National Geographic : 2000 Dec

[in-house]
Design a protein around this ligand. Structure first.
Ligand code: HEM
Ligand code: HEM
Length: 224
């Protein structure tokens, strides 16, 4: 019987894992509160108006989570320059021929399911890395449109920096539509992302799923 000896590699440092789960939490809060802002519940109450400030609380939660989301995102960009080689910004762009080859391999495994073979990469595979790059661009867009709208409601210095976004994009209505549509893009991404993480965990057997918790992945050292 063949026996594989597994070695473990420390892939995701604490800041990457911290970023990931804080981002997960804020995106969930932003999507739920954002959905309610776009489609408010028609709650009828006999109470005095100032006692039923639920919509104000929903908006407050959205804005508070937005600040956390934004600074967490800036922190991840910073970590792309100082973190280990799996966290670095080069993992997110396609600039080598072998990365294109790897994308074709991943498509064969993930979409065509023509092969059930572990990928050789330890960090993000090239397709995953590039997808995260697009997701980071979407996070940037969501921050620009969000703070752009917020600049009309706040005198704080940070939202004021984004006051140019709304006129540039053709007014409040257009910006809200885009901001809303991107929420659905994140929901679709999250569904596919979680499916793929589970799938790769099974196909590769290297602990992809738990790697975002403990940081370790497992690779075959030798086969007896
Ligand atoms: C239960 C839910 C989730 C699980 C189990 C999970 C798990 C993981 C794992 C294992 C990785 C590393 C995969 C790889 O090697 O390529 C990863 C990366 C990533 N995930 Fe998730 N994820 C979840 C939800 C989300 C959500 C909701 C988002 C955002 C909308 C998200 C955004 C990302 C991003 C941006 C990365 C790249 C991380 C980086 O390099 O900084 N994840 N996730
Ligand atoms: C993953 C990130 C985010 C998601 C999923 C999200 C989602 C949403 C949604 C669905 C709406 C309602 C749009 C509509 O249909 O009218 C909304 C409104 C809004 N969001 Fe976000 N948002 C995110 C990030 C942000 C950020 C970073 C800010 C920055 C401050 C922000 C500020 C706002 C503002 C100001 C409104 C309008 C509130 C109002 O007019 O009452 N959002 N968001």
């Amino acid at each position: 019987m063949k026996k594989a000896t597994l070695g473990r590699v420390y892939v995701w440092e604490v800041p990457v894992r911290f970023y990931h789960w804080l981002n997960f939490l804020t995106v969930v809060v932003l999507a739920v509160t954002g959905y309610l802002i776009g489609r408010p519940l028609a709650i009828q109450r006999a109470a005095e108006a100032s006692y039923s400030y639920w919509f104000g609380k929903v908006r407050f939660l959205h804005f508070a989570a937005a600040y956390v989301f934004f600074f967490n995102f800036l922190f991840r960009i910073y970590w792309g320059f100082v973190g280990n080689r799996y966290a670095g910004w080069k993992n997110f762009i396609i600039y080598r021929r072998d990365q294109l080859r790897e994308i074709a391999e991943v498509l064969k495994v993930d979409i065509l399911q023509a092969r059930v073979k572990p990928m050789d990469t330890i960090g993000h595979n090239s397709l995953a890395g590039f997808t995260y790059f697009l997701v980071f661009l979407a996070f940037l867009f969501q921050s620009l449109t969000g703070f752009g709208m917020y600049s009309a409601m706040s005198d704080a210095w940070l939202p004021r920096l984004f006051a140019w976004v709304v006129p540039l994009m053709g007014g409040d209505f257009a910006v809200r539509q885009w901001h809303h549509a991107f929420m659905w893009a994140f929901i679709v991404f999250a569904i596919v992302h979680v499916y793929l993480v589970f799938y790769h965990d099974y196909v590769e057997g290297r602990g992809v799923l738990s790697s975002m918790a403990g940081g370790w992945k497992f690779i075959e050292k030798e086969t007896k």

Their world an unending playground, the triplets romp and roll at the feet of their protector (below). On a more frigid day an attentive female encircles her cub with maternal warmth (right). With the windchill pushing the temperature to minus 60°F, I am reduced to warming equipment and frozen fingertips against the engine of my idling snowmobile, while a roll of film shatters like glass in my hands as I try to load it. Under these conditions the trick is to work carefully and slowly, though some great moments will pass unrecorded. Sadly, all is not well in the bears' realm. While park boundaries and hunting quotas have helped protect the animals from guns, new threats arise. Chemical pollut ants now contaminate the food chain, and mining and offshore drilling could degrade bear habitat. Recent warming trends in the southernmost reaches of polar bear range have accelerated pack ice melting, cutting short the bears' spring seal hunt. How they and other Arctic wildlife will fare under these changing conditions remains uncer tain. For the moment I see only a noble survivor on the landscape, protecting her young from Arctic wind and other hazards of life on the ice. Knowing the unseen threats to her kind, I am fortunate to have had a glimpse of her world. ] How close can you get to a mother polar bear? To find out, watch an interview with Norbert Rosing at national geographic.com/ngm/0012.